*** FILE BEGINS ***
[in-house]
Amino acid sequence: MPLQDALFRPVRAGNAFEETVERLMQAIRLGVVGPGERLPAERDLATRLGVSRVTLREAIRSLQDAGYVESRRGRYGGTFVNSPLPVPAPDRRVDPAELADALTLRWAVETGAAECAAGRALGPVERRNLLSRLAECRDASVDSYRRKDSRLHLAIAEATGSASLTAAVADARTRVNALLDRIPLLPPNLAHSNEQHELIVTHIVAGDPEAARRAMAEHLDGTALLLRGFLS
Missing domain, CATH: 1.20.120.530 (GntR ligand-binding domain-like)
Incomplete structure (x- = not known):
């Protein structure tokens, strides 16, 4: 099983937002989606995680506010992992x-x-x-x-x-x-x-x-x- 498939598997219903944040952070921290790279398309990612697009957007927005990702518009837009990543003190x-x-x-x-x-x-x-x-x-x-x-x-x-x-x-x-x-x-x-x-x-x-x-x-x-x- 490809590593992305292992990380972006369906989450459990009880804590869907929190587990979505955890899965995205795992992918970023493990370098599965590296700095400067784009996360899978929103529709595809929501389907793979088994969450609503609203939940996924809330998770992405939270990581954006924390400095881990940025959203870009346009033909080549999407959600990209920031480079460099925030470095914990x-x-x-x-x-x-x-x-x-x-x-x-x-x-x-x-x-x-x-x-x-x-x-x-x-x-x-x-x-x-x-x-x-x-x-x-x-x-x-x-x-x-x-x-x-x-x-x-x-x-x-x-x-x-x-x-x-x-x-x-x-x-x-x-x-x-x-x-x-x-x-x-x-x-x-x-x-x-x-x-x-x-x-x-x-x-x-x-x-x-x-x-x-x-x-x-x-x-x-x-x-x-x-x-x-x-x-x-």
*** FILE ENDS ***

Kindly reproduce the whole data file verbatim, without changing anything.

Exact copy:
[in-house]
Amino acid sequence: MPLQDALFRPVRAGNAFEETVERLMQAIRLGVVGPGERLPAERDLATRLGVSRVTLREAIRSLQDAGYVESRRGRYGGTFVNSPLPVPAPDRRVDPAELADALTLRWAVETGAAECAAGRALGPVERRNLLSRLAECRDASVDSYRRKDSRLHLAIAEATGSASLTAAVADARTRVNALLDRIPLLPPNLAHSNEQHELIVTHIVAGDPEAARRAMAEHLDGTALLLRGFLS
Missing domain, CATH: 1.20.120.530 (GntR ligand-binding domain-like)
Incomplete structure (x- = not known):
């Protein structure tokens, strides 16, 4: 099983937002989606995680506010992992x-x-x-x-x-x-x-x-x- 498939598997219903944040952070921290790279398309990612697009957007927005990702518009837009990543003190x-x-x-x-x-x-x-x-x-x-x-x-x-x-x-x-x-x-x-x-x-x-x-x-x-x- 490809590593992305292992990380972006369906989450459990009880804590869907929190587990979505955890899965995205795992992918970023493990370098599965590296700095400067784009996360899978929103529709595809929501389907793979088994969450609503609203939940996924809330998770992405939270990581954006924390400095881990940025959203870009346009033909080549999407959600990209920031480079460099925030470095914990x-x-x-x-x-x-x-x-x-x-x-x-x-x-x-x-x-x-x-x-x-x-x-x-x-x-x-x-x-x-x-x-x-x-x-x-x-x-x-x-x-x-x-x-x-x-x-x-x-x-x-x-x-x-x-x-x-x-x-x-x-x-x-x-x-x-x-x-x-x-x-x-x-x-x-x-x-x-x-x-x-x-x-x-x-x-x-x-x-x-x-x-x-x-x-x-x-x-x-x-x-x-x-x-x-x-x-x-």